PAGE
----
Dynamically adding and removing methods

Ron Adam rrr at ronadam.com
Tue Sep 27 18:42:21 CEST 2005


Steven D'Aprano wrote:
> On Sun, 25 Sep 2005 14:52:56 +0000, Ron Adam wrote:
> 
> 
>>Steven D'Aprano wrote:
>>
>>
>>
>>>Or you could put the method in the class and have all instances recognise
>>>it:
>>>
>>>py> C.eggs = new.instancemethod(eggs, None, C)
>>>py> C().eggs(3)
>>>eggs * 3
>>
>>Why not just add it to the class directly?  You just have to be sure 
>>it's a class and not an instance of a class.
> 
> 
> Because I started off explicitly adding functions to instances directly,
> and when I discovered that didn't work properly, I never even tried adding
> it to the class until after I discovered that instancemethod() worked.
> 
> As far as I can see, Python's treatment of functions when you dynamically
> add them to classes and instances is rather confused. See, for example:
> 
> py> class Klass:
> ...     pass
> ...
> py> def eggs(self, x):
> ...     print "eggs * %s" % x
> ...
> py> inst = Klass()  # Create a class instance.
> py> inst.eggs = eggs  # Dynamically add a function/method.
> py> inst.eggs(1)
> Traceback (most recent call last):
>   File "<stdin>", line 1, in ?
> TypeError: eggs() takes exactly 2 arguments (1 given)
> 
> From this, I can conclude that when you assign the function to the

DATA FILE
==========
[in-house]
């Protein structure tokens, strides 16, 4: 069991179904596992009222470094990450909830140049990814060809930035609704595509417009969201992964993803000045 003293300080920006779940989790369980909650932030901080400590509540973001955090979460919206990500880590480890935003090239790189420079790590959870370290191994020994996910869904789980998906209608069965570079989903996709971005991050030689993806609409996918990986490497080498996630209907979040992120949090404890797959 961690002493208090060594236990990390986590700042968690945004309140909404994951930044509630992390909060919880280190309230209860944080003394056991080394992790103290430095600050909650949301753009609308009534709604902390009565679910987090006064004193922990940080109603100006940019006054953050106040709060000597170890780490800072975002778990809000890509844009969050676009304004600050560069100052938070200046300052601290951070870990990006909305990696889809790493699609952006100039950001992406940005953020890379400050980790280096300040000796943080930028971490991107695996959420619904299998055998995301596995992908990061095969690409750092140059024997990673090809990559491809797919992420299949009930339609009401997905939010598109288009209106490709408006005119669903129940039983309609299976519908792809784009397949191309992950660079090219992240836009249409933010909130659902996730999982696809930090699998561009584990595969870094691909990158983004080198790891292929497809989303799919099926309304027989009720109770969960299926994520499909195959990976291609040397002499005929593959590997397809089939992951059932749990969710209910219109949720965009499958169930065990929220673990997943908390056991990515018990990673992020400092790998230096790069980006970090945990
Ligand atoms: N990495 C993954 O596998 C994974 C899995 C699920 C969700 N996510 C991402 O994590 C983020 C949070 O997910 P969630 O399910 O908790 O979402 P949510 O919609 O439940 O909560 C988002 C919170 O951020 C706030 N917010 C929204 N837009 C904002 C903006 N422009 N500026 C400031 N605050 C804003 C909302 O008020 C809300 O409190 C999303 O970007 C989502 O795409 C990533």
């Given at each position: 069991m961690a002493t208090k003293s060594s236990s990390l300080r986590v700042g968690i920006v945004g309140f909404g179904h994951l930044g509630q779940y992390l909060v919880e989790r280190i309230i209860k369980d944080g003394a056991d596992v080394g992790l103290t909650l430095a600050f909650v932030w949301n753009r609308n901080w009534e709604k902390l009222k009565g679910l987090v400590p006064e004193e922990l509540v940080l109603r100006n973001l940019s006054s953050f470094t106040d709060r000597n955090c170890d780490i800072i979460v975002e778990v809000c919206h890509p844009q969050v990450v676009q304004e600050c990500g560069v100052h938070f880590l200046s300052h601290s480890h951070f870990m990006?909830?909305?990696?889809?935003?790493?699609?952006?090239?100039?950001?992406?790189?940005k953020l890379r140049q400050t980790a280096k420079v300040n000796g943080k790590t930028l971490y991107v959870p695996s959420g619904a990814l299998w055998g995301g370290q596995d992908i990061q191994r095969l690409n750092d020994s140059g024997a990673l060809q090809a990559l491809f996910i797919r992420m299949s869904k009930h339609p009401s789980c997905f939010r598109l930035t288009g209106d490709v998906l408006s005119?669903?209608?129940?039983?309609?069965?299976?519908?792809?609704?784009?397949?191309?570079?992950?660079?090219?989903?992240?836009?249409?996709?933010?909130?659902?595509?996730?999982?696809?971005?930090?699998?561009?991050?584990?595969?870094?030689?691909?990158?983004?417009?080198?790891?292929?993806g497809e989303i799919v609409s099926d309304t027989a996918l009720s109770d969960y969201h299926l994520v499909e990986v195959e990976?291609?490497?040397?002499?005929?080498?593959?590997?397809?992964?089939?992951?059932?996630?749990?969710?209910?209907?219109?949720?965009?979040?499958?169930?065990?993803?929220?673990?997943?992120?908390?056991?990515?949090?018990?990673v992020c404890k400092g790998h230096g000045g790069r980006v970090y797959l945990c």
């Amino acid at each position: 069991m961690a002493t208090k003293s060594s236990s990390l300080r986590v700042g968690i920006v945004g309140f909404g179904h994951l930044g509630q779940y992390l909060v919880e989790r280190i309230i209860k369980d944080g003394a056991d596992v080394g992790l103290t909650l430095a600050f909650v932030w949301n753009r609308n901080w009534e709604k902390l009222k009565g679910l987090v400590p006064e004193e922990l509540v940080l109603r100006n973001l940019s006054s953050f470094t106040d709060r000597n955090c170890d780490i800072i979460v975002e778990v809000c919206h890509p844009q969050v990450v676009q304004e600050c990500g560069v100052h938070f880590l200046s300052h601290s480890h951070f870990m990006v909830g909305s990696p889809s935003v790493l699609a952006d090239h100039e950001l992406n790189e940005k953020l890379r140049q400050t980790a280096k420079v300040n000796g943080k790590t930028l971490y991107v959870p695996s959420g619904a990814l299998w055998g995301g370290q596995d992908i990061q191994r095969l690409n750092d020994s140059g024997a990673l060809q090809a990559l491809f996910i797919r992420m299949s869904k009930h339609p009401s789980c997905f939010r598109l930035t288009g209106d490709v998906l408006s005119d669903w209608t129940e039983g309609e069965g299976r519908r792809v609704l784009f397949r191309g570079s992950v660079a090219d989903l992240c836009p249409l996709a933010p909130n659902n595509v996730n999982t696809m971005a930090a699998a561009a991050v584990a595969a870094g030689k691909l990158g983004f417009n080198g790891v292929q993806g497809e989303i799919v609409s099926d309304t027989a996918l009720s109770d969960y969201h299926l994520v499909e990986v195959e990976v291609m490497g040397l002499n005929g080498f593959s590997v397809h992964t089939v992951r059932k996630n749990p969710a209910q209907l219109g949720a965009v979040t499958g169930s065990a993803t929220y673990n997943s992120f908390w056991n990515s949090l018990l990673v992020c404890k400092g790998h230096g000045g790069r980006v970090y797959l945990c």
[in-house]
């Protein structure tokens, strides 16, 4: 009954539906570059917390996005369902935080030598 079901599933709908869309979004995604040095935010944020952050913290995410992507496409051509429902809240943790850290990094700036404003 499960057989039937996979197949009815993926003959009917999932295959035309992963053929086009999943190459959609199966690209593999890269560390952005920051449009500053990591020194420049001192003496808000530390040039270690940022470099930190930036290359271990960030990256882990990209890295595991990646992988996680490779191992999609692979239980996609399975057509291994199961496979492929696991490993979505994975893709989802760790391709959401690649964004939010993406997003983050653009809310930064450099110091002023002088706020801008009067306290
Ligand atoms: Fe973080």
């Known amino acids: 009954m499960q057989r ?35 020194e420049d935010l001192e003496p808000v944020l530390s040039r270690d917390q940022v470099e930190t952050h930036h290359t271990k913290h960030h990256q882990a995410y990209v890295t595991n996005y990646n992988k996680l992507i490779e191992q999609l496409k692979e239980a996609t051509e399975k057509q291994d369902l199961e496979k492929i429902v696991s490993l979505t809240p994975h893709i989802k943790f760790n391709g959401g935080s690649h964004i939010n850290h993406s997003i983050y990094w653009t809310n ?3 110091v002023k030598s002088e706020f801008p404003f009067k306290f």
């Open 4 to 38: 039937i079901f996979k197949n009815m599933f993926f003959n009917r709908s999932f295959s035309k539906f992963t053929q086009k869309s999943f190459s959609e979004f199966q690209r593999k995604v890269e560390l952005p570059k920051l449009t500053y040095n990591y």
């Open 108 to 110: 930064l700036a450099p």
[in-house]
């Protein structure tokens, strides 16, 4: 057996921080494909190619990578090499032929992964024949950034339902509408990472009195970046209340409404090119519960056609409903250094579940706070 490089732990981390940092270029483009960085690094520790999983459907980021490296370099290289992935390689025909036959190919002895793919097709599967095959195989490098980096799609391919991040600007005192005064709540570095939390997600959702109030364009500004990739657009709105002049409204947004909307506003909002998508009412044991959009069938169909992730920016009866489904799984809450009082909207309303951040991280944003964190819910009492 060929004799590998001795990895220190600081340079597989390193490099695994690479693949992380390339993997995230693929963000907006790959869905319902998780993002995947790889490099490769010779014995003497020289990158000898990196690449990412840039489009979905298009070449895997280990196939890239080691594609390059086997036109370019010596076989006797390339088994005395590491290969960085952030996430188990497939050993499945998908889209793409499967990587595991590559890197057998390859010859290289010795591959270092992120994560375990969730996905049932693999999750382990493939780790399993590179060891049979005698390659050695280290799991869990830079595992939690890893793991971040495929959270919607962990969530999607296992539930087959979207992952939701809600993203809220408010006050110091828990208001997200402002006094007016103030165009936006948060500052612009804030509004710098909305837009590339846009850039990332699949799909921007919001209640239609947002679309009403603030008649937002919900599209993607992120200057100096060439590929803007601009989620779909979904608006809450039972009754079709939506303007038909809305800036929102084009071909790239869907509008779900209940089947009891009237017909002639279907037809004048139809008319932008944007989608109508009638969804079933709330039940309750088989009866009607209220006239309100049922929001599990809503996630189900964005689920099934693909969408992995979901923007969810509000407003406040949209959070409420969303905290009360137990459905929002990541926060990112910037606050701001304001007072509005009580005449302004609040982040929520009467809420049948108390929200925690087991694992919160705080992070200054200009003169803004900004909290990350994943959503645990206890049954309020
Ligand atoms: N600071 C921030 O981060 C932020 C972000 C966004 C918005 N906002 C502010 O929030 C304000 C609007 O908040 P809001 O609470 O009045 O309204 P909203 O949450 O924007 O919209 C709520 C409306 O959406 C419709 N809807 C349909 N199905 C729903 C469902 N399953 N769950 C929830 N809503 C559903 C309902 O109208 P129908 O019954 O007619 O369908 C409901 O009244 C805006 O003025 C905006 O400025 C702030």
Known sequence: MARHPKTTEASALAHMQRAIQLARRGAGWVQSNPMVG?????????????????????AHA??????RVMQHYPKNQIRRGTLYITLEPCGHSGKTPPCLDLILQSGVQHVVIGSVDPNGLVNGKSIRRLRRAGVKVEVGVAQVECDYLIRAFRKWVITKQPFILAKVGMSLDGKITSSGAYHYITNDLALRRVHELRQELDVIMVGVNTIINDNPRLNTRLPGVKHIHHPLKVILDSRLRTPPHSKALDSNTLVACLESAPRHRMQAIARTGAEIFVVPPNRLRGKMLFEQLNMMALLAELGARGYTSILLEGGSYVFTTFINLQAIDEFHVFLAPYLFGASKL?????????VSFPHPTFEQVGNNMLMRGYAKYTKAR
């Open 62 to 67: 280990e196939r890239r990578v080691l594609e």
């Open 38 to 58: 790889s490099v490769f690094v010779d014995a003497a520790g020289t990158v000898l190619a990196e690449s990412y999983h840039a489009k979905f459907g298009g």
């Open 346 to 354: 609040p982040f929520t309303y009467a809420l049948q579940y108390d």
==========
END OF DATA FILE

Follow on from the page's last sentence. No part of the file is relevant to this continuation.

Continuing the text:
> instance attribute, it gets modified to take two arguments instead of one.
> Test it by explicitly passing an instance:
> 
> py> inst.eggs(inst, 1)
> eggs * 1
> 
> My hypothesis is confirmed.

You defined it to take two arguements.. (self, x).  If it's found 
directly in the object instead of indirectly in the objects parent 
objects, it calls it just as you defined it.


>> >>> def beacon(self, x):
>>...    print "beacon + %s" % x
>>...
> 
> 
> Did you mean bacon? *wink*

Of course... remembering arbitrary word letter sequences is probably my 
worst skill. ;-)  That, and I think for some reason the name Francis 
Beacon was in my mind at the time.

>> >>> C.beacon = beacon
>> >>> dir(A)
>>['__doc__', '__module__', 'beacon', 'ham', 'spam']
> 
> 
> Okay, you aren't showing all your code. What is A?

'A' is an instace of 'C' which has 'ham' and 'spam' methods in it.

Define a funciton and add it directly to class 'C'.

 >>> def beacon(self, x):
...    print "beacon + %s" % x
...
 >>> C.beacon = beacon


Show that it shows up in instance 'A' and can be used.

 >>> dir(A)
['__doc__', '__module__', 'beacon', 'ham', 'spam']
 >>> A.beacon(3)
beacon + 3


Delete the function.  And show it's usable as a method from instance 'A'.

 >>> del beacon
 >>> dir(A)
['__doc__', '__module__', 'beacon', 'ham', 'spam']
 >>> A.beacon(3)
beacon + 3

Show it's still bound to class 'C' even thought the function was deleted.

 >>> dir(C)
['__doc__', '__module__', 'beacon', 'ham', 'spam']


Cheers,
Ron







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